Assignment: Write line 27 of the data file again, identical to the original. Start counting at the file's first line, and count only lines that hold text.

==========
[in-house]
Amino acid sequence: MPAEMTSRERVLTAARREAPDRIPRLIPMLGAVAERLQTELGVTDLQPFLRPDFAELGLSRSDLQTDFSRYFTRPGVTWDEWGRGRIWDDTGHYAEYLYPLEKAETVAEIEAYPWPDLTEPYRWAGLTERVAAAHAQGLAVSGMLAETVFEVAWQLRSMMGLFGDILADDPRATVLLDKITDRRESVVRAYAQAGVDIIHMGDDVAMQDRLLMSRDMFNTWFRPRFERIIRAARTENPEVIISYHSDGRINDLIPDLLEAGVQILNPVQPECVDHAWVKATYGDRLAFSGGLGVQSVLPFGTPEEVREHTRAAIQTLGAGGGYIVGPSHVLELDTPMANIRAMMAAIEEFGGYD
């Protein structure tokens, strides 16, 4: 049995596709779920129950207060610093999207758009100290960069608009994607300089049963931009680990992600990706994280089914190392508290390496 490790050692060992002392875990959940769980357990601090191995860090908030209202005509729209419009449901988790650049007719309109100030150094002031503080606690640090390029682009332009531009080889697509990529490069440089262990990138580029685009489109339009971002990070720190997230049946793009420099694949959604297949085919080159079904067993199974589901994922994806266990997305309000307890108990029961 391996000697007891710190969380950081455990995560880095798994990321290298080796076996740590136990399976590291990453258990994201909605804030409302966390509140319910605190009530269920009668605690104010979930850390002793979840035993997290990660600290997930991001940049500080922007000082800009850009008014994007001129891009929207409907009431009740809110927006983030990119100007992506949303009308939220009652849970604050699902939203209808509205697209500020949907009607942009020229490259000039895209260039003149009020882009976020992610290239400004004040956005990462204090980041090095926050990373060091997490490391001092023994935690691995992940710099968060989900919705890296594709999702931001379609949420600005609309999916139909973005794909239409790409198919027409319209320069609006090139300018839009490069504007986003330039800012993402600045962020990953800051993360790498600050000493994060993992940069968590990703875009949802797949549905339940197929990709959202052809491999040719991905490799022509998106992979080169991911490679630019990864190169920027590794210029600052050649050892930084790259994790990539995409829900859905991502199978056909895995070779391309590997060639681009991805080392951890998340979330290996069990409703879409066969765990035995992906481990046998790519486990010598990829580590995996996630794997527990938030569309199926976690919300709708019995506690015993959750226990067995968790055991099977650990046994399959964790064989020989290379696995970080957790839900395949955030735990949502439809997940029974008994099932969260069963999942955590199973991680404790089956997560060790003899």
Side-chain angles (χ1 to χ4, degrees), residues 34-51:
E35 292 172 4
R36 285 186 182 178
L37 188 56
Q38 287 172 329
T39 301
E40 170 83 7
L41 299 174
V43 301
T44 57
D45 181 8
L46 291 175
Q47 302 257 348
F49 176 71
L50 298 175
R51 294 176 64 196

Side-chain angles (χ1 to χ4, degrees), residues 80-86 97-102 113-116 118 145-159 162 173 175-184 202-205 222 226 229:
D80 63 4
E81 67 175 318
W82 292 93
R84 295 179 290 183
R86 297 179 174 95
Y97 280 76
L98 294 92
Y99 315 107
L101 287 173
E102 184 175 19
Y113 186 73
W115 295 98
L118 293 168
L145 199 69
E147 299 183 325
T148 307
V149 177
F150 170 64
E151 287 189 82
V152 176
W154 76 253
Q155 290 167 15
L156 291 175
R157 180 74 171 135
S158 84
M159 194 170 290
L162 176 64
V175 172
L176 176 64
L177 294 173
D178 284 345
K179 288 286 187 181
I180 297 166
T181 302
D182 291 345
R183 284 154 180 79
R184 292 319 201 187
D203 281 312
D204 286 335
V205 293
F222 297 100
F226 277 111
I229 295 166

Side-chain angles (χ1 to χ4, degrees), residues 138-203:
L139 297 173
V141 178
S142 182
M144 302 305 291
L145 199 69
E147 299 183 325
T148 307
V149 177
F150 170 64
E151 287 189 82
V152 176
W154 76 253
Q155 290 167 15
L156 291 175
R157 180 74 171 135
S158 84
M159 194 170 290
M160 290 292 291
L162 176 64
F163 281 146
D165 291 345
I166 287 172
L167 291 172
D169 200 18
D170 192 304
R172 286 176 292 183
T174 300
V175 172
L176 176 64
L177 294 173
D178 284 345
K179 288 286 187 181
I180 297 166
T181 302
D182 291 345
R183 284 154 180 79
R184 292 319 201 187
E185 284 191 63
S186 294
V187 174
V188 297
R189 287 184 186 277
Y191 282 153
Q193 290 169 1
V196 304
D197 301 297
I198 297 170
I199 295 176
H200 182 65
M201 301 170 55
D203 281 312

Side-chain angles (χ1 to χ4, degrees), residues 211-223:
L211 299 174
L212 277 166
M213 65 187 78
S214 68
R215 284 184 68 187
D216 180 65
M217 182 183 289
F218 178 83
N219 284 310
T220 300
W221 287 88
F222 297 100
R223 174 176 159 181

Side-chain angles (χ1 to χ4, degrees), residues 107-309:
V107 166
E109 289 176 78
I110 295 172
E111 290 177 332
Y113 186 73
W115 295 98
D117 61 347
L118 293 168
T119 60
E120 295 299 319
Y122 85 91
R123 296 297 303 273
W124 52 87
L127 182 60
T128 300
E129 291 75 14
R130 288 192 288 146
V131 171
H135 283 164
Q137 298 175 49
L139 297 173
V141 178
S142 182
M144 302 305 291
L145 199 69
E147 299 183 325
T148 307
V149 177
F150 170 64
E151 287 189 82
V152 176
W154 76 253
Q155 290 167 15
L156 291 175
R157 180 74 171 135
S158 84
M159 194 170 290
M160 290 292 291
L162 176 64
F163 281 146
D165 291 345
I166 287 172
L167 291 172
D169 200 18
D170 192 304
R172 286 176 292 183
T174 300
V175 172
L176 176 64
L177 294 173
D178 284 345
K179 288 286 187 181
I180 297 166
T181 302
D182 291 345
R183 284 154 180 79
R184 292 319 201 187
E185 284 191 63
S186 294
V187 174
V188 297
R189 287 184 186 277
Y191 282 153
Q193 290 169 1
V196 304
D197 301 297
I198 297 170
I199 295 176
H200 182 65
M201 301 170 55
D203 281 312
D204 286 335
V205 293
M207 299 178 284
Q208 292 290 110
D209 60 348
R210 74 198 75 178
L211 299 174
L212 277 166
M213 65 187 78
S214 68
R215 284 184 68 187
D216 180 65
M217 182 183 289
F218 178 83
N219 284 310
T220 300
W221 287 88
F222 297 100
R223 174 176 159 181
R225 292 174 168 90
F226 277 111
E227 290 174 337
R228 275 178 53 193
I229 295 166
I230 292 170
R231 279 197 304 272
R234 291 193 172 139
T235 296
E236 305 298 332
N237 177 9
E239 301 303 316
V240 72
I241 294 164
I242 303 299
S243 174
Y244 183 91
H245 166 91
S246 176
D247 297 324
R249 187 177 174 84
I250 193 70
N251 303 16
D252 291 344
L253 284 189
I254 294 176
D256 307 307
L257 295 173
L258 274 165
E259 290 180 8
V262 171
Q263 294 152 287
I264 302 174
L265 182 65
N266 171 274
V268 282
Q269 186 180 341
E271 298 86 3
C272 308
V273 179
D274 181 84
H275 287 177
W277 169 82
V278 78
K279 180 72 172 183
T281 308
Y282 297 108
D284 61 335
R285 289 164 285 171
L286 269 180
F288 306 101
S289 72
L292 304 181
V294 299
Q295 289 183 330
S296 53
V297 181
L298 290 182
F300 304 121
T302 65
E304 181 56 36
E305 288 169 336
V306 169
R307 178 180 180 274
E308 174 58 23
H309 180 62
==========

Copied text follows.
L98 294 92